perialist army estimated to number
30,000 men occupies the city.
A fierce fight is now in progress.
According to reports current in gov
ernment circles the leaders of the im
perialists are delighted at the outbreak
of hostilities, as this will give them an
opportunity of avoiding the result of the
national convention agreed to by the
edict of the imperial court and by the
representatives of the parties to the
peace conference at Shanghai. By the
terms of the agreement delegates from
all the provinces of China are to meet
to decide the future form of govern
ment for China, and the imperialists are
cf the opinion that the national conven
tion" is likely to culminate in the vic
tory of the republican party.
HanKow was the scene of severe
fighting between the two armies on
several cccasions before the recent
armistice was decided upon.
RECALL FOR WARDALL
Former Topeka Boy in Trouble With
Seattle, Jan. 1. Petitions signed by 12,-
000 voters for the recall of Councilmen
Max Wardall, president of the city coun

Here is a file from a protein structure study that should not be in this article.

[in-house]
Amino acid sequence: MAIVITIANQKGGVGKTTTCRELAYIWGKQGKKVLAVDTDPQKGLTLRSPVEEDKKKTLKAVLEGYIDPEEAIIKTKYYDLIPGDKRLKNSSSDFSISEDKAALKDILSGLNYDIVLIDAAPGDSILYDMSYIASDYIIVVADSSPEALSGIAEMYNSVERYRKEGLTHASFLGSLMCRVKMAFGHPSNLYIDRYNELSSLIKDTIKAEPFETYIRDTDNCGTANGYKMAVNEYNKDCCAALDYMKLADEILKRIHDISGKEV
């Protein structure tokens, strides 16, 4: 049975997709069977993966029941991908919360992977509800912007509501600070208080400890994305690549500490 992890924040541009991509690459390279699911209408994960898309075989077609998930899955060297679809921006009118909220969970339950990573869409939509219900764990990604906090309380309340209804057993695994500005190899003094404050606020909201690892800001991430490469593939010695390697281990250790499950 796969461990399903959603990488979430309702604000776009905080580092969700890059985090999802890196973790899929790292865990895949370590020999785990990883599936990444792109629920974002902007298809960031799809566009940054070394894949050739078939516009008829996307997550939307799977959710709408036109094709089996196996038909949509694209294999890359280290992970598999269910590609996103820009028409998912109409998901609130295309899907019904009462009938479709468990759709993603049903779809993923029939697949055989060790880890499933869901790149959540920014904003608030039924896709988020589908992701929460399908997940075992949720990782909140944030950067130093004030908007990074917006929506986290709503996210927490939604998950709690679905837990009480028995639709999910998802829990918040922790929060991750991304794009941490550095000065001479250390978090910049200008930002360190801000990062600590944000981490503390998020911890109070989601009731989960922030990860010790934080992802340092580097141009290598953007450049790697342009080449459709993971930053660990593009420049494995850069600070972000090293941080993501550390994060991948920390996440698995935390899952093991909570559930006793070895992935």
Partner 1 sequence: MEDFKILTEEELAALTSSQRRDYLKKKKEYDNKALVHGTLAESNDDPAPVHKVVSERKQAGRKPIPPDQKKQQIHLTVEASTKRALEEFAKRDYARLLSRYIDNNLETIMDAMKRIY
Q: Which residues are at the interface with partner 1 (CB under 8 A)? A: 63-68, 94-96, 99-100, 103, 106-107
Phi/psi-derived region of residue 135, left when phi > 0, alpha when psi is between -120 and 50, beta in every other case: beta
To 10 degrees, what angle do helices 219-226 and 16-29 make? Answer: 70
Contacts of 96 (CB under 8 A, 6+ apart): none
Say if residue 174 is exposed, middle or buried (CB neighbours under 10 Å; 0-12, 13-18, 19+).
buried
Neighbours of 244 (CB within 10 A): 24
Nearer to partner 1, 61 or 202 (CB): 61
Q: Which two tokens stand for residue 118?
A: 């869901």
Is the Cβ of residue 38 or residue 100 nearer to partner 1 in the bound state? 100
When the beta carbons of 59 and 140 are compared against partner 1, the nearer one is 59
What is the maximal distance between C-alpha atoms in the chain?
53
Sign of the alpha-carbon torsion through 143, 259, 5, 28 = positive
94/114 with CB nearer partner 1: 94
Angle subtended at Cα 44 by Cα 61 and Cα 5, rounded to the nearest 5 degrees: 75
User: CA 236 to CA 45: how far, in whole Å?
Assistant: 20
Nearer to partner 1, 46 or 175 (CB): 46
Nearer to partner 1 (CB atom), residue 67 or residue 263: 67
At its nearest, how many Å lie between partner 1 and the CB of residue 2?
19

cil, and E. L. Blaine, chairman of the
finance committee, have been filed.
These councilmen have been bitterly as
sailed by advocates of single tax and
Mile. Dutrieu Wins a Cup.
Etamps, France, Jan. 1. Mile.
Helene Dutrieu Sunday made a flight
of 254 kilometers (158 miles) in two
hours and 5 8 minutes, thereby winning
the Femiua cup and beating all wom
en's records for distance. The Fem
ina cup is offered for the longest con
tinuous flight made by a woman dur
ing the year. It was won last year by
Mile. Dutrieu, who in that competition
covered 167 kilometers. At Compiegne,
Mlie. Jeanne Hervieu in competition
for the Femina cup covered 24 8 kilo
meters (154 miles) in two hours and
TELLS OF MURDE
Suspect in Bernhardt Mystery
Talks Too Much.
Discussion of Kansas Tragedy